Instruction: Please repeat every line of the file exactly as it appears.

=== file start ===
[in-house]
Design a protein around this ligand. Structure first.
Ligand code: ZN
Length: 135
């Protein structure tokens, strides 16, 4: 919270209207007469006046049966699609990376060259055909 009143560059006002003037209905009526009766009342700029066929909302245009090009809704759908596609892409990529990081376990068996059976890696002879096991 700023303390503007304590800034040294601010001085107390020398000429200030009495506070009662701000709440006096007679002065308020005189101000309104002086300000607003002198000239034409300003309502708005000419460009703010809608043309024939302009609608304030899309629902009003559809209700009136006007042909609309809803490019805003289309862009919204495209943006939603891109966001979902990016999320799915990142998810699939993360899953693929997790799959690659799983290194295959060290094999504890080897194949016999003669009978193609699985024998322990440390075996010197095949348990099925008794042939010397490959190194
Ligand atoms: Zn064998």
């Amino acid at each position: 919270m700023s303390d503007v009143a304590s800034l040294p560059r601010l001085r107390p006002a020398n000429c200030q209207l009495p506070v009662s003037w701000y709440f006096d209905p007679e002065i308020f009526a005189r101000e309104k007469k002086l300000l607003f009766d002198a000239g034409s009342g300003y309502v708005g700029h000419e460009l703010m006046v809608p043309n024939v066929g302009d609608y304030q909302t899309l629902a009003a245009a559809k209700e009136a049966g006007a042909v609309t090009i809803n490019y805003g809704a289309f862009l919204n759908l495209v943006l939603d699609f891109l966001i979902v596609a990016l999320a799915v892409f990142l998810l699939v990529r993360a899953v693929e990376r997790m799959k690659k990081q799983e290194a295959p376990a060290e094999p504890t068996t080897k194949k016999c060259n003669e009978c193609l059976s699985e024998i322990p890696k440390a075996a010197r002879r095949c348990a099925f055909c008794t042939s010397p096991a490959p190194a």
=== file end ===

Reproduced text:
[in-house]
Design a protein around this ligand. Structure first.
Ligand code: ZN
Length: 135
């Protein structure tokens, strides 16, 4: 919270209207007469006046049966699609990376060259055909 009143560059006002003037209905009526009766009342700029066929909302245009090009809704759908596609892409990529990081376990068996059976890696002879096991 700023303390503007304590800034040294601010001085107390020398000429200030009495506070009662701000709440006096007679002065308020005189101000309104002086300000607003002198000239034409300003309502708005000419460009703010809608043309024939302009609608304030899309629902009003559809209700009136006007042909609309809803490019805003289309862009919204495209943006939603891109966001979902990016999320799915990142998810699939993360899953693929997790799959690659799983290194295959060290094999504890080897194949016999003669009978193609699985024998322990440390075996010197095949348990099925008794042939010397490959190194
Ligand atoms: Zn064998």
């Amino acid at each position: 919270m700023s303390d503007v009143a304590s800034l040294p560059r601010l001085r107390p006002a020398n000429c200030q209207l009495p506070v009662s003037w701000y709440f006096d209905p007679e002065i308020f009526a005189r101000e309104k007469k002086l300000l607003f009766d002198a000239g034409s009342g300003y309502v708005g700029h000419e460009l703010m006046v809608p043309n024939v066929g302009d609608y304030q909302t899309l629902a009003a245009a559809k209700e009136a049966g006007a042909v609309t090009i809803n490019y805003g809704a289309f862009l919204n759908l495209v943006l939603d699609f891109l966001i979902v596609a990016l999320a799915v892409f990142l998810l699939v990529r993360a899953v693929e990376r997790m799959k690659k990081q799983e290194a295959p376990a060290e094999p504890t068996t080897k194949k016999c060259n003669e009978c193609l059976s699985e024998i322990p890696k440390a075996a010197r002879r095949c348990a099925f055909c008794t042939s010397p096991a490959p190194a």